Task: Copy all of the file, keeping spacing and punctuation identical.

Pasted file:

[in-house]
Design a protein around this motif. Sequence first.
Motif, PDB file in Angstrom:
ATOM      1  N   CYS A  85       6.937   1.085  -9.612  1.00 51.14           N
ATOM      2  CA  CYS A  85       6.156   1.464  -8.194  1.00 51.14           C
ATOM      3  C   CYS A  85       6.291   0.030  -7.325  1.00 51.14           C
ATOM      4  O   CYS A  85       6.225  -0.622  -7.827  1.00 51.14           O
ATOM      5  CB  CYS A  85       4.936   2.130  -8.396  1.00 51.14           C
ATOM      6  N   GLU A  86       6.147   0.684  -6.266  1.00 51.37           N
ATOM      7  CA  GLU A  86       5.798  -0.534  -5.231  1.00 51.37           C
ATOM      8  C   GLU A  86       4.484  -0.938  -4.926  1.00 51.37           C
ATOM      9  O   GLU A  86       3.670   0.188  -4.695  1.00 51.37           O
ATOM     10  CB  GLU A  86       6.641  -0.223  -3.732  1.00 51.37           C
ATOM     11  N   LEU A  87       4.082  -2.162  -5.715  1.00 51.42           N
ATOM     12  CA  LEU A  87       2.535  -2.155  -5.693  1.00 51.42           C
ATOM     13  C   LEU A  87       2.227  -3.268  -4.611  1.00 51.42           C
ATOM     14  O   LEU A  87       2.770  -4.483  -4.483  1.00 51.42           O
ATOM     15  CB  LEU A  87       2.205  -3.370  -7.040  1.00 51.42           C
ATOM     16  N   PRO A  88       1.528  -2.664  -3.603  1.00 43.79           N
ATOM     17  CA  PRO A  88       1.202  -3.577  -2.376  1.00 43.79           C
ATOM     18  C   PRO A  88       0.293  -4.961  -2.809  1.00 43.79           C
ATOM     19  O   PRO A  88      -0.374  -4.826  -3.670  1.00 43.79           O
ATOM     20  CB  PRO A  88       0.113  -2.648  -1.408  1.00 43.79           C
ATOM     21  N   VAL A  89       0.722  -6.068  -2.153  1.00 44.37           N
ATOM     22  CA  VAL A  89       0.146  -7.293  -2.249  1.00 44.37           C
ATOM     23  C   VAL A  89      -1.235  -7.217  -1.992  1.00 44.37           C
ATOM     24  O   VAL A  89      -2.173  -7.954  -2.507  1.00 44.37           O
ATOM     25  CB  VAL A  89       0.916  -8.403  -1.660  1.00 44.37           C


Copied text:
[in-house]
Design a protein around this motif. Sequence first.
Motif, PDB file in Angstrom:
ATOM      1  N   CYS A  85       6.937   1.085  -9.612  1.00 51.14           N
ATOM      2  CA  CYS A  85       6.156   1.464  -8.194  1.00 51.14           C
ATOM      3  C   CYS A  85       6.291   0.030  -7.325  1.00 51.14           C
ATOM      4  O   CYS A  85       6.225  -0.622  -7.827  1.00 51.14           O
ATOM      5  CB  CYS A  85       4.936   2.130  -8.396  1.00 51.14           C
ATOM      6  N   GLU A  86       6.147   0.684  -6.266  1.00 51.37           N
ATOM      7  CA  GLU A  86       5.798  -0.534  -5.231  1.00 51.37           C
ATOM      8  C   GLU A  86       4.484  -0.938  -4.926  1.00 51.37           C
ATOM      9  O   GLU A  86       3.670   0.188  -4.695  1.00 51.37           O
ATOM     10  CB  GLU A  86       6.641  -0.223  -3.732  1.00 51.37           C
ATOM     11  N   LEU A  87       4.082  -2.162  -5.715  1.00 51.42           N
ATOM     12  CA  LEU A  87       2.535  -2.155  -5.693  1.00 51.42           C
ATOM     13  C   LEU A  87       2.227  -3.268  -4.611  1.00 51.42           C
ATOM     14  O   LEU A  87       2.770  -4.483  -4.483  1.00 51.42           O
ATOM     15  CB  LEU A  87       2.205  -3.370  -7.040  1.00 51.42           C
ATOM     16  N   PRO A  88       1.528  -2.664  -3.603  1.00 43.79           N
ATOM     17  CA  PRO A  88       1.202  -3.577  -2.376  1.00 43.79           C
ATOM     18  C   PRO A  88       0.293  -4.961  -2.809  1.00 43.79           C
ATOM     19  O   PRO A  88      -0.374  -4.826  -3.670  1.00 43.79           O
ATOM     20  CB  PRO A  88       0.113  -2.648  -1.408  1.00 43.79           C
ATOM     21  N   VAL A  89       0.722  -6.068  -2.153  1.00 44.37           N
ATOM     22  CA  VAL A  89       0.146  -7.293  -2.249  1.00 44.37           C
ATOM     23  C   VAL A  89      -1.235  -7.217  -1.992  1.00 44.37           C
ATOM     24  O   VAL A  89      -2.173  -7.954  -2.507  1.00 44.37           O
ATOM     25  CB  VAL A  89       0.916  -8.403  -1.660  1.00 44.37           C